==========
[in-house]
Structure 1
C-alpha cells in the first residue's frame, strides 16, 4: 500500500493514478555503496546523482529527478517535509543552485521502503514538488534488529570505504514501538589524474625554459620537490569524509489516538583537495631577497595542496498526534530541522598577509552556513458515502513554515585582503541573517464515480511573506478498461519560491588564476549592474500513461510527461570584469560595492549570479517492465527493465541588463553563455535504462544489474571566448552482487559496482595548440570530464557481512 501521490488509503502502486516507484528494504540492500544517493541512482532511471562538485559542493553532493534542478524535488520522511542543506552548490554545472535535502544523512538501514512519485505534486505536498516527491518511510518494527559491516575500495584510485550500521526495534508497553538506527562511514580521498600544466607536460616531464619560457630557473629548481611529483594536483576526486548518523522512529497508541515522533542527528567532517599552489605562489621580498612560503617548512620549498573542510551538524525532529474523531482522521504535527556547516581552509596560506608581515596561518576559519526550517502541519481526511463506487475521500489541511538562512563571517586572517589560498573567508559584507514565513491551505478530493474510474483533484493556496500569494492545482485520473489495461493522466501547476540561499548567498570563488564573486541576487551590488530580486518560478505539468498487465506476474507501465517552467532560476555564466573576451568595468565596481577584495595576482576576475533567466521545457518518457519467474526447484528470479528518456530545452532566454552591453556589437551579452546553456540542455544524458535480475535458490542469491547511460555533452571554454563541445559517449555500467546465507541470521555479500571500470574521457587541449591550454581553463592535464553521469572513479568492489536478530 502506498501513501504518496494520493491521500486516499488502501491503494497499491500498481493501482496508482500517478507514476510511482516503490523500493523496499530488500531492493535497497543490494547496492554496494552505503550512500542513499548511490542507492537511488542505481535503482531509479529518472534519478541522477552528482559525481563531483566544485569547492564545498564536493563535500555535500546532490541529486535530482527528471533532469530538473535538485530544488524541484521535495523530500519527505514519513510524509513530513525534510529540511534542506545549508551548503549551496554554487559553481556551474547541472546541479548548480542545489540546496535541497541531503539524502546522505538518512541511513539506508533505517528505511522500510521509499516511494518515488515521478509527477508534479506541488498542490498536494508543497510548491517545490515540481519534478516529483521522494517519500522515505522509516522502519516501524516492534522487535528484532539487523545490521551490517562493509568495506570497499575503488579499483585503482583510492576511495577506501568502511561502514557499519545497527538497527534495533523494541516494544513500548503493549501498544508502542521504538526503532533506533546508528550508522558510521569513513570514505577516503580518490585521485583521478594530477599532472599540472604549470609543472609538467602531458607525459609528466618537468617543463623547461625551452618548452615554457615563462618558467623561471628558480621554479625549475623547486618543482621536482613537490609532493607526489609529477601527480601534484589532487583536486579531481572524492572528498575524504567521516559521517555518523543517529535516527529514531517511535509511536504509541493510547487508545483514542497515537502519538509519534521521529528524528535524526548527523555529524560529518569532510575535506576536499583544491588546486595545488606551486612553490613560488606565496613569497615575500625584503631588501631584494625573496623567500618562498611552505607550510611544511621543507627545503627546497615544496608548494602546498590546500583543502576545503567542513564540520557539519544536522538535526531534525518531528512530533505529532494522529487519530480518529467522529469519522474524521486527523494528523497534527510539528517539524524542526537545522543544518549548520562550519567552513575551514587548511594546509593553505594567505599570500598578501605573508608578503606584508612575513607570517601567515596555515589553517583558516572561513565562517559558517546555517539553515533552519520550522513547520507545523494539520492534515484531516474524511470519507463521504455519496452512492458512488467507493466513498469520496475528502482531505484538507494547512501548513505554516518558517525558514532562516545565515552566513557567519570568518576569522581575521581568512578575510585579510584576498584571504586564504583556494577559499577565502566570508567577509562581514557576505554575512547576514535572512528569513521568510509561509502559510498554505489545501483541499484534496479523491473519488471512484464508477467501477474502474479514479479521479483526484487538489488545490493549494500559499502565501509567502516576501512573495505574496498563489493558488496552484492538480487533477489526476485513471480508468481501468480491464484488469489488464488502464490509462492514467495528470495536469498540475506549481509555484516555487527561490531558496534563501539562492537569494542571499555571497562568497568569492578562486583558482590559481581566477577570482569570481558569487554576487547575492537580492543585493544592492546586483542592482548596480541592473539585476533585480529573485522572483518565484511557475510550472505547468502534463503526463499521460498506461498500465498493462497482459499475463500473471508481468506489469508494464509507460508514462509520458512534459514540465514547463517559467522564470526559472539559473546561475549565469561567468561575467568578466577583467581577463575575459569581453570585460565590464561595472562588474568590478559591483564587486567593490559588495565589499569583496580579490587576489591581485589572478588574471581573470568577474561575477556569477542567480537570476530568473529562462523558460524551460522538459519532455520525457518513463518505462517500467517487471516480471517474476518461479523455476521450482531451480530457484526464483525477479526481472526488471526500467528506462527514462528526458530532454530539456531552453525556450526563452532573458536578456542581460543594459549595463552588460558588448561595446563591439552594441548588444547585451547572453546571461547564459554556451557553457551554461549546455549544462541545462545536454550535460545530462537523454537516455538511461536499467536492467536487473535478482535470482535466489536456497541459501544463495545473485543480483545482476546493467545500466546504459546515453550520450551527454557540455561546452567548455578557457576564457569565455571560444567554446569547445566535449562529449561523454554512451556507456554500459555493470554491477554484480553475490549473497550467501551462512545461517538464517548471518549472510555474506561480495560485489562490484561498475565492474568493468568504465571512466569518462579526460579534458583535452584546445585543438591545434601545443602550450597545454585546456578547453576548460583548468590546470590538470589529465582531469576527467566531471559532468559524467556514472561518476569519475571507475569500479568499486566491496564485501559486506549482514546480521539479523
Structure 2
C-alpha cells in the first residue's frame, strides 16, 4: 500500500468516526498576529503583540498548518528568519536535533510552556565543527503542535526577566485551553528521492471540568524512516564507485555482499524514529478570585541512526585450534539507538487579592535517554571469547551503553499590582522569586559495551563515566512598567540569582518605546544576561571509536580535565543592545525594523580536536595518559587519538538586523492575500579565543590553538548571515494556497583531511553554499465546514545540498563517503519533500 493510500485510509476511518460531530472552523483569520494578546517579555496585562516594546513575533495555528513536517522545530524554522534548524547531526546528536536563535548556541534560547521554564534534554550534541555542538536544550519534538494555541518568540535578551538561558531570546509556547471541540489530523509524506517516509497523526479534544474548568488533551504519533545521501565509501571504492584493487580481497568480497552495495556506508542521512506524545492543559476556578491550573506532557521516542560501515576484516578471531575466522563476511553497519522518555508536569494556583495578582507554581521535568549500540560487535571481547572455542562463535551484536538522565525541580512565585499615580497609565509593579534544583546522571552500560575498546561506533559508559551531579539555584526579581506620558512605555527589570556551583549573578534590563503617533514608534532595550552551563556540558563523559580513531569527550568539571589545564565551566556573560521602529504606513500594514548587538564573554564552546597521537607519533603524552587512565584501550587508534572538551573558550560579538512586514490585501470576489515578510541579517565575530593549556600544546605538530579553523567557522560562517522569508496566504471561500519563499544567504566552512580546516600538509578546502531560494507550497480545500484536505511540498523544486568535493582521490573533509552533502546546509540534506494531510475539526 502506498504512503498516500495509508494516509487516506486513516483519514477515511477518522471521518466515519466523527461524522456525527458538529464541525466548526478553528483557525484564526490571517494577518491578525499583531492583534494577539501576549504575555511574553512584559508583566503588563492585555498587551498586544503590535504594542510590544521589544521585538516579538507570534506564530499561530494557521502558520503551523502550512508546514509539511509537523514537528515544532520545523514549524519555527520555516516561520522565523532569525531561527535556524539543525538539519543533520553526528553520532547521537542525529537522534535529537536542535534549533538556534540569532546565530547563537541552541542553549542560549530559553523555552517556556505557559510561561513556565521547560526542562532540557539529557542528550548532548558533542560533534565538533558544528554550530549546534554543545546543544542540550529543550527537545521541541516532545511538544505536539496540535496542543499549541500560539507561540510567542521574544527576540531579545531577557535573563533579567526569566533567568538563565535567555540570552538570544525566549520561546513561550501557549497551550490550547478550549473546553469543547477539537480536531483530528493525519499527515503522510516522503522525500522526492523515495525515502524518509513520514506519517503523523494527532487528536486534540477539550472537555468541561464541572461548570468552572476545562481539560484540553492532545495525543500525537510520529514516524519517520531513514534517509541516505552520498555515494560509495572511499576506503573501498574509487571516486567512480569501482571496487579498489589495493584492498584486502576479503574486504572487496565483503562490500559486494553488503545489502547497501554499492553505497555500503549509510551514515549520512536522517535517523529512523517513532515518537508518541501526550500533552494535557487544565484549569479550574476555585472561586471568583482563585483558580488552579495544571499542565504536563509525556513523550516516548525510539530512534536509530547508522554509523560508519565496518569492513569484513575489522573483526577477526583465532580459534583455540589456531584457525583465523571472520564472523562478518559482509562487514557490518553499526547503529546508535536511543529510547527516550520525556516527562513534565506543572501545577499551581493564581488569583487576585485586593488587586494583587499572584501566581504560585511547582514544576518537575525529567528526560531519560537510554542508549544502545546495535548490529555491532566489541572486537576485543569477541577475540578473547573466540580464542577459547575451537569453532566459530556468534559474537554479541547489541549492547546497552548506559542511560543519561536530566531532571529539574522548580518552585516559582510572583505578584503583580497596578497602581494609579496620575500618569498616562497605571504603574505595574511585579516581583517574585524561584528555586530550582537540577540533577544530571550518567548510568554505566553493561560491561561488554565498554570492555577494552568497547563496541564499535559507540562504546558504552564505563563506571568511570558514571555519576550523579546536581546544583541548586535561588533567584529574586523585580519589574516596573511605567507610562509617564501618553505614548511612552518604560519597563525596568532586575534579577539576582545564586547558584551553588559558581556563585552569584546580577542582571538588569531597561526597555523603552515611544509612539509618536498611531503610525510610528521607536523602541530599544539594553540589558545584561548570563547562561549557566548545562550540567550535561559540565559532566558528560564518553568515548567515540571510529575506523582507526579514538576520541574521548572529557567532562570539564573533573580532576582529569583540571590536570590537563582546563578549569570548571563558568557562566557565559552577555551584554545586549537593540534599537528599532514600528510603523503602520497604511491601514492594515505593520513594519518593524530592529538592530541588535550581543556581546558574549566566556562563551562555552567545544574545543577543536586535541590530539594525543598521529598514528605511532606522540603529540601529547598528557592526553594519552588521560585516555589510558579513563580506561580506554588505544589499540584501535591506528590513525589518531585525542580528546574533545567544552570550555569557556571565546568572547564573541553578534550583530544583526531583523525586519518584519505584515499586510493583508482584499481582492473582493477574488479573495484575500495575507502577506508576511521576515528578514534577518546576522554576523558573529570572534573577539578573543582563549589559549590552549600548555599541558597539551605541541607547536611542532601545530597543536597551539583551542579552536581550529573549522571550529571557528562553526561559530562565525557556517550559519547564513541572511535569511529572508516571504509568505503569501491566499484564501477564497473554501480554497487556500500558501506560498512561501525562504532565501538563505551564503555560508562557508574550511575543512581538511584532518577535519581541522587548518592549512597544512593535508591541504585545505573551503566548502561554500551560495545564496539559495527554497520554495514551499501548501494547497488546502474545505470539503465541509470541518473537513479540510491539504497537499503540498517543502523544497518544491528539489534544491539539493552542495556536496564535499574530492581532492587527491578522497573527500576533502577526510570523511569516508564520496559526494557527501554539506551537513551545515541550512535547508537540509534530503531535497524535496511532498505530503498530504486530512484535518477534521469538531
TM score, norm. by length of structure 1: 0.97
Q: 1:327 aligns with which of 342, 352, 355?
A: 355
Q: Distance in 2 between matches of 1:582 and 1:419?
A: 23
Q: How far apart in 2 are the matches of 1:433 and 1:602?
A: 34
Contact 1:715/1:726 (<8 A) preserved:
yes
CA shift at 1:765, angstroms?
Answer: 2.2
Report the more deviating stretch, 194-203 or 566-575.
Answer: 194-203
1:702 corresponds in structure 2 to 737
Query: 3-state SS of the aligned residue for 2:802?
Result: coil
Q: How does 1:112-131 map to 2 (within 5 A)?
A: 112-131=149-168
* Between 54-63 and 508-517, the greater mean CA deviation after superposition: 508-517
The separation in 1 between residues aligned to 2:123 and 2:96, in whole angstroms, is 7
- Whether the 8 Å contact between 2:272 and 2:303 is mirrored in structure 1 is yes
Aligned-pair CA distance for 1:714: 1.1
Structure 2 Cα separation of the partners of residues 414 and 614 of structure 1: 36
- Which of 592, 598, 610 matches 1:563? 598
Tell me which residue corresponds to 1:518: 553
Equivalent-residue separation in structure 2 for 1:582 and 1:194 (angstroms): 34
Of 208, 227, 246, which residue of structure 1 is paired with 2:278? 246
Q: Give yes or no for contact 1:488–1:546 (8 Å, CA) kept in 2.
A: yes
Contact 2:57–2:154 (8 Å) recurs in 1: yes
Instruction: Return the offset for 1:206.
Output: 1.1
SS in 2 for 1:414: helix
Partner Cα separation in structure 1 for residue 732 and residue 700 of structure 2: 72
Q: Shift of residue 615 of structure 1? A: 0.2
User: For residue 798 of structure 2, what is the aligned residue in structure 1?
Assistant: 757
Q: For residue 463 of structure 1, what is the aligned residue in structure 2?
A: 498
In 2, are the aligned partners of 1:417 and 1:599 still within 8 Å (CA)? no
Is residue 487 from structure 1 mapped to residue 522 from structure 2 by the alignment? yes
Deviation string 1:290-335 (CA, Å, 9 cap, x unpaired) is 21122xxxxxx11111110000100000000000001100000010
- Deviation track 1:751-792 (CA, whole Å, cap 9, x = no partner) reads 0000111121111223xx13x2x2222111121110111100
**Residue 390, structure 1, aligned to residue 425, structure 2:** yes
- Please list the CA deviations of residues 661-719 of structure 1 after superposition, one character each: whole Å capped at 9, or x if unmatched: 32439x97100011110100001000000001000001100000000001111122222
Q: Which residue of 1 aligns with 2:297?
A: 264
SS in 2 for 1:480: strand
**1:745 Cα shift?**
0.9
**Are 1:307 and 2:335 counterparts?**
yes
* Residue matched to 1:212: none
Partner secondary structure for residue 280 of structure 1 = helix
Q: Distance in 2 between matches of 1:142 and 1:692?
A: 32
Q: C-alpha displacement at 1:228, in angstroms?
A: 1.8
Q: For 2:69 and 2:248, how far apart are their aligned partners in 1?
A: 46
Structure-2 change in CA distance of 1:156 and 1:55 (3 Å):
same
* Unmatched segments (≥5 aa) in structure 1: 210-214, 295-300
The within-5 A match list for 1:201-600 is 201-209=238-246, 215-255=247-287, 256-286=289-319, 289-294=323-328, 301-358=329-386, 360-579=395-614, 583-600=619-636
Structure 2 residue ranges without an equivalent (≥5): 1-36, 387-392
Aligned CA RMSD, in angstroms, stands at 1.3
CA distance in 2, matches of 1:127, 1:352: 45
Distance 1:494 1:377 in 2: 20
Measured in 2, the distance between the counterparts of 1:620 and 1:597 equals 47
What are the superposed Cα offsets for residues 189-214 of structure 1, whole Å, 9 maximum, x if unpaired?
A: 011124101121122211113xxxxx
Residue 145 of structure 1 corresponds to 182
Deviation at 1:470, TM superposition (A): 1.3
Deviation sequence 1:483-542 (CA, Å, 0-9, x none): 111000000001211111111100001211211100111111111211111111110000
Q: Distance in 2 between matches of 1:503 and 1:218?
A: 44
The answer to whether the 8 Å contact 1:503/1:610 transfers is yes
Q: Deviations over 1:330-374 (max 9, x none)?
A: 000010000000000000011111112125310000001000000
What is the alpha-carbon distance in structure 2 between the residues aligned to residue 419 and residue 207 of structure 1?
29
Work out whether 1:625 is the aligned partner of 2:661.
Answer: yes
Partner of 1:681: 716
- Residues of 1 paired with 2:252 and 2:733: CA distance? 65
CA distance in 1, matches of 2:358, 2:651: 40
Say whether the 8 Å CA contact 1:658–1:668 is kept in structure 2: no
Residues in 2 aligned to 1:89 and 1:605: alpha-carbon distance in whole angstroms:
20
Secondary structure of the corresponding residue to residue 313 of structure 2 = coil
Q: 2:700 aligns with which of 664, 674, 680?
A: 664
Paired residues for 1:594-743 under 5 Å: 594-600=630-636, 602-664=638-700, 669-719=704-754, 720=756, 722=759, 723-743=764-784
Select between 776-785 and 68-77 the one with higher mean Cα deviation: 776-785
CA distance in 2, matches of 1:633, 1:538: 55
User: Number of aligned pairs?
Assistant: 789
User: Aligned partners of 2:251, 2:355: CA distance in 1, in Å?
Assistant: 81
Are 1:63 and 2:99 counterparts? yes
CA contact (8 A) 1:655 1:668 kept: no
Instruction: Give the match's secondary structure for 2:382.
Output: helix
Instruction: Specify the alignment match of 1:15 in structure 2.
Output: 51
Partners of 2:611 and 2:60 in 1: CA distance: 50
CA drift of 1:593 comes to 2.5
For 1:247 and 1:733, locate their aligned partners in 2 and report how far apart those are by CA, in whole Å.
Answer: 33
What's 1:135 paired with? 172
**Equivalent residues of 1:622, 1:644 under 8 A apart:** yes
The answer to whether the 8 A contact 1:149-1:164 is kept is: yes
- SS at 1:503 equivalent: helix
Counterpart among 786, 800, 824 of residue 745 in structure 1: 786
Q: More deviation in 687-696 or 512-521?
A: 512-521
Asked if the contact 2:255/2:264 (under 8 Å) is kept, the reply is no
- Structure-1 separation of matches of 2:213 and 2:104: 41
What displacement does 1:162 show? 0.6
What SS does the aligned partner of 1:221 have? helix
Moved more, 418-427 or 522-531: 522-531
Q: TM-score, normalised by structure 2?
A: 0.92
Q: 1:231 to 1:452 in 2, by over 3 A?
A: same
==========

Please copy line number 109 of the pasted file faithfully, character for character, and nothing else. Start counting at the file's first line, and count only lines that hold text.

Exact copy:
Instruction: Specify the alignment match of 1:15 in structure 2.